Grandpa Didn’t Kill Hitler

Nicolas Woodley’s grandfather died long before he was born, but he still grew up feeling he knew the man better than some of the living people in his life.  It was a picture on his grandmother’s mantelpiece that first sparked an interest in the man’s history.

“Grandma, who’s that man?” he asked while pointing at a faded black and white photograph.  Nicholas was  seven years of age at the time.

“Just the love of my life, that’s who,” his grandmother, Hazel answered.

“Tell me about him,” Nicholas said full of curiosity.

So she did.  Hazel told him about how they met at a town hall dance.

“I was seventeen, he was eighteen and about to leave to join the war effort,” she began.  “We danced and danced until the band begged us to leave so they could go home.  We knew that first night we were in love, but we didn’t know if he’d make it back from the war so we got married three days later.  He shipped out the following day, and I cried like a baby when he left for the dock.  He told me not to, said we’d always be together, and we were even when he was thousands of miles across the ocean.”

“How’s that?” Nicholas asked, unsure of what she meant.

“That man wrote the most beautiful letters to me from England, France and Germany. I felt as though I was there with him, my knight in shining armour, as he fought to save me – his princess, and the rest of the world.  I was not to worry, he assured me, we’d all live happily ever after one day.”

“Did you?” Nicholas then asked.

“I had your mother, didn’t I?  And then she had you.  How could that not make me happy?”

Nicholas took that answer to mean yes.  He also took every other story his grandmother told about the love of her life to  heart.  She told him about the trips to Europe following the war to see all the towns he helped to save.  How the only ice cream allowed in the house was strawberry because that was his favourite.  And how his laughter made her forget that there was sadness in the world.

“When did he die?” Nicholas once asked.

“I don’t want to talk about that,” his grandmother said, and the matter was never brought up between the two of them ever again.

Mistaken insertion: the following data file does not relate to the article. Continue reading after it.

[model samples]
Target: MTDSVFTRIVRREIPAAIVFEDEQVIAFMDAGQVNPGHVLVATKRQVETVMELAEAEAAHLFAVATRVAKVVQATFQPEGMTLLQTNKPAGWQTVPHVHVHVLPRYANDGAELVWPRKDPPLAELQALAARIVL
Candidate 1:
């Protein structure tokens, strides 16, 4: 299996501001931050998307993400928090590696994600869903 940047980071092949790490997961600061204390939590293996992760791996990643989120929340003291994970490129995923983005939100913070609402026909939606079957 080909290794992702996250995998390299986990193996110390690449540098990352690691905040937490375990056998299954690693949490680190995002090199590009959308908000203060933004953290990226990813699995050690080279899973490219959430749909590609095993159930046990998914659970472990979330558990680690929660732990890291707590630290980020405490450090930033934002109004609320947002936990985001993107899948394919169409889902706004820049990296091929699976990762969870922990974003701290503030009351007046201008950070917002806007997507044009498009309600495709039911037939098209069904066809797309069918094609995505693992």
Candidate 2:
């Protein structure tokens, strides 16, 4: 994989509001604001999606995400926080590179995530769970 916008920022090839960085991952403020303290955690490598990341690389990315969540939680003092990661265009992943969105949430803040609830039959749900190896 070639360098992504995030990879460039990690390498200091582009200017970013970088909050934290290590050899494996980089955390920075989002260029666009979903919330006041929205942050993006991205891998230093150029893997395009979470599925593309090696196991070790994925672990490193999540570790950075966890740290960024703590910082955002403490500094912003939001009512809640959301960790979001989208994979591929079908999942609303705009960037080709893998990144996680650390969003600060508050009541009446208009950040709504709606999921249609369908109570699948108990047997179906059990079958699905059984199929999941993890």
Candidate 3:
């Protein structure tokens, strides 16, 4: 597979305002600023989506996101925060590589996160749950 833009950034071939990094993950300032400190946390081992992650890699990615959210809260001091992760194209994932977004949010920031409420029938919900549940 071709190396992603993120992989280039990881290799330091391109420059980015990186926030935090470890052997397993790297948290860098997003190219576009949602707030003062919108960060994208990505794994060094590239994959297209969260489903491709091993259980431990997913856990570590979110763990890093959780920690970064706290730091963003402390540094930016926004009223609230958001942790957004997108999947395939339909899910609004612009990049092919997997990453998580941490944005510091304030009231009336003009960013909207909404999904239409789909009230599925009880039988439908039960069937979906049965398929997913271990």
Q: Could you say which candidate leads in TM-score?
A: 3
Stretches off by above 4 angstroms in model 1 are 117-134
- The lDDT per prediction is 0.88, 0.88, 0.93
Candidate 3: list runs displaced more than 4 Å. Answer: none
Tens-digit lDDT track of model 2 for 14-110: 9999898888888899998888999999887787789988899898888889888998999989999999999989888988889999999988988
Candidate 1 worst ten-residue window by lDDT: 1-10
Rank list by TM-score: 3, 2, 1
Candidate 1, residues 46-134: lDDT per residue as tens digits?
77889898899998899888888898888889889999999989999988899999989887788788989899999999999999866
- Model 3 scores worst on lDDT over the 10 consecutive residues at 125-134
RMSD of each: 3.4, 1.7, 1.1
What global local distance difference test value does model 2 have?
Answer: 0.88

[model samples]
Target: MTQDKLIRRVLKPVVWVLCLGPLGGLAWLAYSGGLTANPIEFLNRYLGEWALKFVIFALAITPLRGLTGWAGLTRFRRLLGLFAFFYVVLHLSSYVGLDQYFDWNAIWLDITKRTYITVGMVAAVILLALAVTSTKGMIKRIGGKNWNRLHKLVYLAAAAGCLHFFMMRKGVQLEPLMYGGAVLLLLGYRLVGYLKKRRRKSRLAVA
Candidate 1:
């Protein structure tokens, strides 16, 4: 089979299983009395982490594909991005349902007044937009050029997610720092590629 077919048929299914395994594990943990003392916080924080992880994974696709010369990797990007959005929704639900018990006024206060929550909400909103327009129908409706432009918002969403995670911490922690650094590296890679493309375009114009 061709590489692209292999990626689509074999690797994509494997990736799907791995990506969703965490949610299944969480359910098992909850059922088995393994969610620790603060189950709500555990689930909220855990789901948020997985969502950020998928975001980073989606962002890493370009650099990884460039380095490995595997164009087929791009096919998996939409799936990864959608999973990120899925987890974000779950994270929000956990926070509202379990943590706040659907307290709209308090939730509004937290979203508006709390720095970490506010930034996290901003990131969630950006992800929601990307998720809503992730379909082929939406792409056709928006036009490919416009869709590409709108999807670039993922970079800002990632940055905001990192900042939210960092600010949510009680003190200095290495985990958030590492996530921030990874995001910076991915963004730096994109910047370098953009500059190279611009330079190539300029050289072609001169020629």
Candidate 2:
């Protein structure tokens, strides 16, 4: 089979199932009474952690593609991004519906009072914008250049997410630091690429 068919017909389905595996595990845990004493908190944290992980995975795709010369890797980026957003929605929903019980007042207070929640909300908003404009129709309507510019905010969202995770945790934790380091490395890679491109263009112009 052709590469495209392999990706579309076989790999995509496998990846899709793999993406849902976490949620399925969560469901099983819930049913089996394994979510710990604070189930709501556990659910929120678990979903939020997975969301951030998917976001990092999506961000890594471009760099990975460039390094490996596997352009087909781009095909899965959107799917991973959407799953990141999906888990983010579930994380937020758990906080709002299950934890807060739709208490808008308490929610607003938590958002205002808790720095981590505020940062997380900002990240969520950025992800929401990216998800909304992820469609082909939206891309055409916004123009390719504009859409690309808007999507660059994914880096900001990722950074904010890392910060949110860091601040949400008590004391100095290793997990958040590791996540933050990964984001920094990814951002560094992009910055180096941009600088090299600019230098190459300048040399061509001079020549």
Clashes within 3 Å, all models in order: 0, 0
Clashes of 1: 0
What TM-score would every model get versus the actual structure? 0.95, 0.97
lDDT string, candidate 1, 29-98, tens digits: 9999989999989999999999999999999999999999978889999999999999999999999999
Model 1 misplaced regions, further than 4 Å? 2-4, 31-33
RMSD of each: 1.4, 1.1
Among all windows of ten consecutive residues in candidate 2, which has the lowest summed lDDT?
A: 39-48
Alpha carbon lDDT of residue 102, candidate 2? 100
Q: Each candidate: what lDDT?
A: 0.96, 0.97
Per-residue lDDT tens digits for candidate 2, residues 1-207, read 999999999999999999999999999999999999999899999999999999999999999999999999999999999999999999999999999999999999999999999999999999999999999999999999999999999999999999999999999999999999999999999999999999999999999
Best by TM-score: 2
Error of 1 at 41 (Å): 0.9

Years later when his grandmother passed away, the only thing of hers Nicholas asked for was that photograph.  He wished he had had one of the two of them together, but Hazel had once told him about a fire and how the only treasure she managed to save from it was that one and only picture.

“You can have it if you want, Mom.  I mean, he was your father after all,” Nicholas said to his mother the morning of Hazel’s funeral.

“Who, that guy?  He wasn’t my father,” his mother told him.

“I don’t understand,” a stunned Nicholas said.

“That man whose picture you’re holding, he died in the war.  It broke my mother’s heart when she heard the news.  She turned to the first guy she met afterwards for comfort.  He was my father.  Not that I ever met him.  He took off as soon as he found out your grandmother was pregnant and died a few years later while in prison.”

“Then how come Grandma said the man in this picture was my grandfather?”

“I don’t recall her ever saying he was.  She always referred to him as the love of her life, which he was, but I don’t think she ever used the word ‘grandfather’,” his mother said.

“But why let me believe he was?”

“Isn’t it better to think you’re related to a war hero than a felon?”

“So my grandfather didn’t kill Hitler?” a dejected Nicholas asked.

“No, but he did kill the gas station attendant he was robbing.  That’s how he ended up in prison.  Now do you understand why your grandmother held on to the memory of her knight in shining armour?”

Nicholas could understand, but it still left him with questions.  If Grandma had lied about his grandfather, and his mother went along with it, how many other family secrets were there?

That wasn’t the day to go in search of the truth, though.  He had his grandmother to bury, and that was all he could handle for one day.


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